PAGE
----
Starting next week, Gov. Greg Abbott will allow Texas bars to reopen at 50% capacity indoors in counties that choose to opt in and where COVID patients account for no more than 15% of hospitalizations.
"It is time to open up more provided that safe protocols are followed," Abbott said in a live Facebook announcement on Wednesday.
Travis County Judge Sam Biscoe intends to take the next several days to confer with the county attorney's office and the Austin-Travis County Health Authority to determine the safest route, according to a statement.
Certain health protocols must be observed, at a minimum, at those bars that reopen, according to the governor's reopening strike force.
Bar customers may not loiter at the bar and should remain seated at their tables, groups must maintain six feet of distance from each other unless partitions are in place, dance floors must remain closed, and contactless payment is encouraged.
Texas Bar and Nightlife Alliance President Michael Klein issued a critical statement in response to the governor's announcement, saying he has "passed the buck" to county judges.
"[T]his is a death sentence for so many of our members under the jurisdiction of county judges who still believe that we should be locked down like we were in March and April, despite all the progress we've made coexisting with this virus," he said.
New COVID cases and related hospitalizations are declining in Austin. However, Texas has reported more COVID cases than any other state in the last week, according to a data analysis by the New York Times.
Local health officials have repeatedly stressed that allowing bars to reopen would be unwise given their current ways of operating.
"It's unmistakable that when people come together face-to-face without masks on for longer than 15 minutes, the risk of transmission is going to increase," Austin-Travis County Interim Health Authority Dr. Mark Escott said Wednesday. "So there would have to be substantial changes in how bars function to make them safe."
Abbott initially closed bars in March before reopening them in May. But when COVID cases surged statewide in late June, he closed them again.
Last month, Abbott announced restaurants and other businesses could increase their capacity to 75% but that bars would have to remain closed because they were "nationally recognized as COVID-spreading locations."
Some Austin bars have already reopened under the Texas Alcoholic Beverage Commission's guidance that allows them to reclassify as restaurants if a majority of their sales come from food rather than alcohol.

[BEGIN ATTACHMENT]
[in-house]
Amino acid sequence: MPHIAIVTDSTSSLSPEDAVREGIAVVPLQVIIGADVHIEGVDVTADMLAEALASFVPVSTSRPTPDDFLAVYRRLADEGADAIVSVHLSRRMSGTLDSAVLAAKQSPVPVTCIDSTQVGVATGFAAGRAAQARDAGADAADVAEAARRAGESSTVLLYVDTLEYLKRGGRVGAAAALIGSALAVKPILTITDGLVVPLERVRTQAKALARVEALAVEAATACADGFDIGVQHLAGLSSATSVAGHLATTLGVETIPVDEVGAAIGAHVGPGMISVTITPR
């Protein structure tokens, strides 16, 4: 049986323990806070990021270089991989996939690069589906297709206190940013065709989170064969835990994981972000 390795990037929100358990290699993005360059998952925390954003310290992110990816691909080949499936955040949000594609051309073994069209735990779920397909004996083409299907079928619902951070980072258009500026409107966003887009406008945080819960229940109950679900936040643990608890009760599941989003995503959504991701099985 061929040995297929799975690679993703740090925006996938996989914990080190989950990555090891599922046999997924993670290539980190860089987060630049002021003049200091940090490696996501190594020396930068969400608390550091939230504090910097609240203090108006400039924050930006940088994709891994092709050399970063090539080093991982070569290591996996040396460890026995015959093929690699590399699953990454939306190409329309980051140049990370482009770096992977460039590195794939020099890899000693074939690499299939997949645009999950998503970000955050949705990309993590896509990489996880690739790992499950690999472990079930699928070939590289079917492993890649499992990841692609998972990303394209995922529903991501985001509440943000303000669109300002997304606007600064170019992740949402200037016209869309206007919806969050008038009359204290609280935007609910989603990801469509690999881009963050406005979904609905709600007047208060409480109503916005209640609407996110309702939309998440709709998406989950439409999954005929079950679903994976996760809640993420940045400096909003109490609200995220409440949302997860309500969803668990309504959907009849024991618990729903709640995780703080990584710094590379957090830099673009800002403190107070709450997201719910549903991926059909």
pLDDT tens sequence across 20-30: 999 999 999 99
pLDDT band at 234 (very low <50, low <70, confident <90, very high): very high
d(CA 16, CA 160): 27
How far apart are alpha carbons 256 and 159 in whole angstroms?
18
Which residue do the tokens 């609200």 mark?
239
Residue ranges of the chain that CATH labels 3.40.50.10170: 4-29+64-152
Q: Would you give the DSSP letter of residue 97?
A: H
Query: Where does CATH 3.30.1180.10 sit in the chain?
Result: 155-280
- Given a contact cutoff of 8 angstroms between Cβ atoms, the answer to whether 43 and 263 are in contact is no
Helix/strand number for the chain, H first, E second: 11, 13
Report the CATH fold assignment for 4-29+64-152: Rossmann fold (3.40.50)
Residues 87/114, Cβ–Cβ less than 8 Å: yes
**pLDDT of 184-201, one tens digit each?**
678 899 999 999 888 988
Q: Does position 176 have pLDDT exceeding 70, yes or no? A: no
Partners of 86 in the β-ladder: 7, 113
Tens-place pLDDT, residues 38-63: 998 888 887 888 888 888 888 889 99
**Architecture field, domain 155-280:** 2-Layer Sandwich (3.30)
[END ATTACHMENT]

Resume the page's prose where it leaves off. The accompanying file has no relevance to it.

But this approach hasn't worked for everyone, and many industry groups and bars owners have criticized the governor, saying their businesses and service industry workers' jobs are at stake.
Abbott said reopening bars this time around will be more successful because Texans are more aware of protective measures, the protocols in place have improved and the state is better equipped to test and trace new cases.
"Opening bars does not mean that COVID is no longer a threat," he said. "We simply now know better how to protect ourselves from getting COVID."
Abbott also announced that other businesses—including amusement parks, movie theaters, zoos, aquariums and bowling alleys—may open at 50% capacity on Oct. 14.
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Austin’s iconic Nau’s Enfield Drug hopes see to the business return to its heyday amid pandemic woes
First dates over frosty milkshakes. Family outings for juicy hamburgers.
Nau's Enfield Drug, which opened in 1951, has been a lot of things to a lot of people over its long history in Austin.
The Texas Department of State Health Services will allocate 332,750 doses of the COVID-19 vaccine to 212 providers this week, with the bulk assigned to hub providers that are focused on widespread community distribution events. Six of those providers are in Travis County.
With the latest allocation of 16,450 sent to Travis County this week, the county will have received 104,275 doses of the vaccine. Local public health officials estimate that there are 285,000 area residents who fall in the 1A and 1B priority groups, meaning that around 37% of them should have access to doses seven weeks into the rollout process.
Here's where the latest allotment is going:
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